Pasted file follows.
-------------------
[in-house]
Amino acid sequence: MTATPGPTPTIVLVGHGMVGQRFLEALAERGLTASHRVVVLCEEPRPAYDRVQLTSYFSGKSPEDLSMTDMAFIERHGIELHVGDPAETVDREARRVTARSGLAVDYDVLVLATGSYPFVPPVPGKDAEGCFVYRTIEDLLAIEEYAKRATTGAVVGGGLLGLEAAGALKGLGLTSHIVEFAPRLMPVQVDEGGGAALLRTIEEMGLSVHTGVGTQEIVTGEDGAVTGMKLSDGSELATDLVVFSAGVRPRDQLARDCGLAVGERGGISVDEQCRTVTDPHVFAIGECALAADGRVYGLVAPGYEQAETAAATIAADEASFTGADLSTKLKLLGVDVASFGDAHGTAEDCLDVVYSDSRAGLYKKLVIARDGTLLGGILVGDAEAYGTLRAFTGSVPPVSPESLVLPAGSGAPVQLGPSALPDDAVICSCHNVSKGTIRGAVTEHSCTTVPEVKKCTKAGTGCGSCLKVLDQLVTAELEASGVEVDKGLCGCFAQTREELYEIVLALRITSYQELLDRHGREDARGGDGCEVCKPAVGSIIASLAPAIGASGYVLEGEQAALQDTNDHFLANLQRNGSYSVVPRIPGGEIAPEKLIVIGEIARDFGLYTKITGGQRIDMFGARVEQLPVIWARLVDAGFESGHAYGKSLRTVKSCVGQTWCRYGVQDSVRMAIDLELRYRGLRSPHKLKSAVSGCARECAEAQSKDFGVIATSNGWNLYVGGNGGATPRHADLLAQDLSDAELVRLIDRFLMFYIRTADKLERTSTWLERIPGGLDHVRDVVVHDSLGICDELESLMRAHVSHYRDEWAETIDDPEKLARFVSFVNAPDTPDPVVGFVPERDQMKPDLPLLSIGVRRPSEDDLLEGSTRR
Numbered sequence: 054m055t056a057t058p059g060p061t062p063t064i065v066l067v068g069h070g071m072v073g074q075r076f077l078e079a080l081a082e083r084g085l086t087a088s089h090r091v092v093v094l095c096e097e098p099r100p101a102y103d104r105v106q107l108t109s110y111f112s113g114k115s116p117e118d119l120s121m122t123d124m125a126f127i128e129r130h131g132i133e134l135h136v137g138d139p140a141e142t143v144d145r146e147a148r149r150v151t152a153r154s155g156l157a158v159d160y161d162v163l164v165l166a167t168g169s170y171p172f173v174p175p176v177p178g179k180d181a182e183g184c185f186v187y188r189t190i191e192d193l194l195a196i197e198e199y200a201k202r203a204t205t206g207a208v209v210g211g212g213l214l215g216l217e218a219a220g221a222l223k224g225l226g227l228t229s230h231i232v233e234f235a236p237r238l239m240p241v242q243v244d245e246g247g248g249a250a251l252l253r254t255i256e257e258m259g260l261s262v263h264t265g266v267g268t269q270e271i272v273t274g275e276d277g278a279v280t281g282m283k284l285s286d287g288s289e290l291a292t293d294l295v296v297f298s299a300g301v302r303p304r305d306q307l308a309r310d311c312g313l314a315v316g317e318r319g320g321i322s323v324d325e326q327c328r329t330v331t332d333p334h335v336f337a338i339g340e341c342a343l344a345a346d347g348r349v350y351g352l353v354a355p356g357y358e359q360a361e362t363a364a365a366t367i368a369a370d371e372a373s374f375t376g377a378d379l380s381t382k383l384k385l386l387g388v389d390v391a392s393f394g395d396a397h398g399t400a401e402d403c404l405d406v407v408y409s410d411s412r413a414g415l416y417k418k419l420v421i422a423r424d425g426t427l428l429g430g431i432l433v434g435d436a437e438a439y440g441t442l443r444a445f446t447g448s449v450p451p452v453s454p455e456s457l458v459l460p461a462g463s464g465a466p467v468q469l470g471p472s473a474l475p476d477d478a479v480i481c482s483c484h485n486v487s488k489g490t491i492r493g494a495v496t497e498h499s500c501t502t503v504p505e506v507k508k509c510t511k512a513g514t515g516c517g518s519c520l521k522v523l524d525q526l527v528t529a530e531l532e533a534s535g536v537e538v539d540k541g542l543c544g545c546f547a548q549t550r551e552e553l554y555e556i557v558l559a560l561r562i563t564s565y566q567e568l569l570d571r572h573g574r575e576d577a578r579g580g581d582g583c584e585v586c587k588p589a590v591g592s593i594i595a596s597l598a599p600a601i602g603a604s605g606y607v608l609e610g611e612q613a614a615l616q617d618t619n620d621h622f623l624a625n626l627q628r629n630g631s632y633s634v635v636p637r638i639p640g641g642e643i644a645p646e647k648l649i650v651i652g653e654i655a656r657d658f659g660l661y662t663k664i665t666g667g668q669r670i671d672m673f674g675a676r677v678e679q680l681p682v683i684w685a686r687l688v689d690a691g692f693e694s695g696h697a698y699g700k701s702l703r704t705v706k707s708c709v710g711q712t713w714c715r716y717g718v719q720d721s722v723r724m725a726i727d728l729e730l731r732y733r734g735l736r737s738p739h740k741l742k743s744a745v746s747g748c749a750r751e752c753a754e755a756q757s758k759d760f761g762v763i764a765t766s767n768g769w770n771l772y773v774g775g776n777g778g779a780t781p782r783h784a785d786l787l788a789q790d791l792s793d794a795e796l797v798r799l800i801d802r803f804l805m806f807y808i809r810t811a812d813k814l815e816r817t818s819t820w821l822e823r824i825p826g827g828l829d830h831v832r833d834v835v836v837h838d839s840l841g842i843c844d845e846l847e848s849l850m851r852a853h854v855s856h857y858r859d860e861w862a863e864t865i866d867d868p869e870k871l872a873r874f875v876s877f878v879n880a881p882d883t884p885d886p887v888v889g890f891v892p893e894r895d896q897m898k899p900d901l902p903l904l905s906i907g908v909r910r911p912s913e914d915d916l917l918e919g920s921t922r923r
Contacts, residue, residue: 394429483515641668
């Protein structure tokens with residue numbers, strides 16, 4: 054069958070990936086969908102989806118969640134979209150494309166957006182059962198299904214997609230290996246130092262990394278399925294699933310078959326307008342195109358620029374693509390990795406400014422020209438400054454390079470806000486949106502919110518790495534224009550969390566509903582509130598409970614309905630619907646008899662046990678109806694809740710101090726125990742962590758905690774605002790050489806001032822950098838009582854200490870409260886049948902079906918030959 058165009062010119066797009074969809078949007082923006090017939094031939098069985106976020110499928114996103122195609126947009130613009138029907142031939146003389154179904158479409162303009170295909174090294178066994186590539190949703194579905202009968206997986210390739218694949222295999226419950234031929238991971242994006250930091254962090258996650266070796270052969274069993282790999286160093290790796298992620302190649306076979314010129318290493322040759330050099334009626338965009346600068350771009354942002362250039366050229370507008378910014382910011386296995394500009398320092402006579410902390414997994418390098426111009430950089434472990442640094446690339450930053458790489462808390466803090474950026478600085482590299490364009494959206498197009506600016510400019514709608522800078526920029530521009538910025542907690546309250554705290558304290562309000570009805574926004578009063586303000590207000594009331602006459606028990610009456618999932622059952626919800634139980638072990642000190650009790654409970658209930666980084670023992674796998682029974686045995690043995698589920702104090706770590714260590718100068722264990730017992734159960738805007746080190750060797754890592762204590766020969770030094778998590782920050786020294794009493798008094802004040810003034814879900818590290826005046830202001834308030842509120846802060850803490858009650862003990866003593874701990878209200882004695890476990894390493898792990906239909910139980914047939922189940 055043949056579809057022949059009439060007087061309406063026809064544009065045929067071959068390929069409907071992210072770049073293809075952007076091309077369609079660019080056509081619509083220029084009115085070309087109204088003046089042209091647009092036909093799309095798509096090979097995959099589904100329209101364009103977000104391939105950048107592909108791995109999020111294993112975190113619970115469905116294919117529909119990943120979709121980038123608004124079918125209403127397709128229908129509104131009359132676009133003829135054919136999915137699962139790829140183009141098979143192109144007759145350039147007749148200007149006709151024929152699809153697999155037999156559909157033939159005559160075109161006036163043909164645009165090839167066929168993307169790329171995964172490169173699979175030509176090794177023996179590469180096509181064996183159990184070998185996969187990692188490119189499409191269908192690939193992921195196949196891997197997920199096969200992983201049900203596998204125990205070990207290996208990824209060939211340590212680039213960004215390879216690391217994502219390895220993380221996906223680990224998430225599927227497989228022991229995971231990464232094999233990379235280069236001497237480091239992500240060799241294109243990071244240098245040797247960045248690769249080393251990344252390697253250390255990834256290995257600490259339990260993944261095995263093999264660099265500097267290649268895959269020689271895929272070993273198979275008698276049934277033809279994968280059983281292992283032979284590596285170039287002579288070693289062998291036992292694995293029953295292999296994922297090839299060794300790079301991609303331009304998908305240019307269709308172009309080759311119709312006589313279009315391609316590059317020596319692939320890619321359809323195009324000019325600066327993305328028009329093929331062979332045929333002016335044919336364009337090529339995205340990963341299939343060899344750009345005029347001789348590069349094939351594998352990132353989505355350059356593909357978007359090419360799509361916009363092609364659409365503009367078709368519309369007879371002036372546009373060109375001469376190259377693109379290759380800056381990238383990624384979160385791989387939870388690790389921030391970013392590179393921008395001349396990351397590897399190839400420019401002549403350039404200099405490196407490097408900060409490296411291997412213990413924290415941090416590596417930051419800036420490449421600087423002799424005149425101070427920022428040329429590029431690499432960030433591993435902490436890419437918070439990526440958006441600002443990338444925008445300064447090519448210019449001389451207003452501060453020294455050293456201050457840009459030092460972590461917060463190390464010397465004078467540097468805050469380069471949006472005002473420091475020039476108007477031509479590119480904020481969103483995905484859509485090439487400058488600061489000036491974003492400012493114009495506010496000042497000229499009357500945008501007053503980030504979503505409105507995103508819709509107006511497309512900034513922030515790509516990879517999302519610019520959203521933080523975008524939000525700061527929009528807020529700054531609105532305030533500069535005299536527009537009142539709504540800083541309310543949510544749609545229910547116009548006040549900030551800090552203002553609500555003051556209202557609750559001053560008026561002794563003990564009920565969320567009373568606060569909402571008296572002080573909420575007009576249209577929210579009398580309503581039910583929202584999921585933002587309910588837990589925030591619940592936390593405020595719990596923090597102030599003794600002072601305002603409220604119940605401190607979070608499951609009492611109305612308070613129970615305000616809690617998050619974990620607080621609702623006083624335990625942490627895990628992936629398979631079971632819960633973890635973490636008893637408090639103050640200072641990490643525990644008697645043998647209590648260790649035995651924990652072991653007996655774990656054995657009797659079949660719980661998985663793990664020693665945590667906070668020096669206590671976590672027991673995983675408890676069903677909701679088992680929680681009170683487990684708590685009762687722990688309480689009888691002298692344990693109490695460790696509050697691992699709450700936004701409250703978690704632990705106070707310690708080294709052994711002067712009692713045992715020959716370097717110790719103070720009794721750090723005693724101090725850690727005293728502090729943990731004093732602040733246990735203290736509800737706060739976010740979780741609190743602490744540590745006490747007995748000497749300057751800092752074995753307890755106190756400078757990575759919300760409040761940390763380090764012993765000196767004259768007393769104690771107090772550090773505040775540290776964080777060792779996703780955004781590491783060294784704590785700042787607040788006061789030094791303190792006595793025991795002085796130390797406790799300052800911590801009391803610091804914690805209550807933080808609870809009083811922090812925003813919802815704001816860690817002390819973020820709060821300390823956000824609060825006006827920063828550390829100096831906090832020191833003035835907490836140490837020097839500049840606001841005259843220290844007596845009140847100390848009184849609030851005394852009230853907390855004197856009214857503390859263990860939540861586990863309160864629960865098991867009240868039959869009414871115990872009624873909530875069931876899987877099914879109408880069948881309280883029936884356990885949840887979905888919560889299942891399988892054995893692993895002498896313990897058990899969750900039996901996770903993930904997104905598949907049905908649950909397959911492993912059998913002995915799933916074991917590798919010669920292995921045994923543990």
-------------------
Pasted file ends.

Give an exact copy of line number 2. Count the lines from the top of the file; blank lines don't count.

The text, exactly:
Amino acid sequence: MTATPGPTPTIVLVGHGMVGQRFLEALAERGLTASHRVVVLCEEPRPAYDRVQLTSYFSGKSPEDLSMTDMAFIERHGIELHVGDPAETVDREARRVTARSGLAVDYDVLVLATGSYPFVPPVPGKDAEGCFVYRTIEDLLAIEEYAKRATTGAVVGGGLLGLEAAGALKGLGLTSHIVEFAPRLMPVQVDEGGGAALLRTIEEMGLSVHTGVGTQEIVTGEDGAVTGMKLSDGSELATDLVVFSAGVRPRDQLARDCGLAVGERGGISVDEQCRTVTDPHVFAIGECALAADGRVYGLVAPGYEQAETAAATIAADEASFTGADLSTKLKLLGVDVASFGDAHGTAEDCLDVVYSDSRAGLYKKLVIARDGTLLGGILVGDAEAYGTLRAFTGSVPPVSPESLVLPAGSGAPVQLGPSALPDDAVICSCHNVSKGTIRGAVTEHSCTTVPEVKKCTKAGTGCGSCLKVLDQLVTAELEASGVEVDKGLCGCFAQTREELYEIVLALRITSYQELLDRHGREDARGGDGCEVCKPAVGSIIASLAPAIGASGYVLEGEQAALQDTNDHFLANLQRNGSYSVVPRIPGGEIAPEKLIVIGEIARDFGLYTKITGGQRIDMFGARVEQLPVIWARLVDAGFESGHAYGKSLRTVKSCVGQTWCRYGVQDSVRMAIDLELRYRGLRSPHKLKSAVSGCARECAEAQSKDFGVIATSNGWNLYVGGNGGATPRHADLLAQDLSDAELVRLIDRFLMFYIRTADKLERTSTWLERIPGGLDHVRDVVVHDSLGICDELESLMRAHVSHYRDEWAETIDDPEKLARFVSFVNAPDTPDPVVGFVPERDQMKPDLPLLSIGVRRPSEDDLLEGSTRR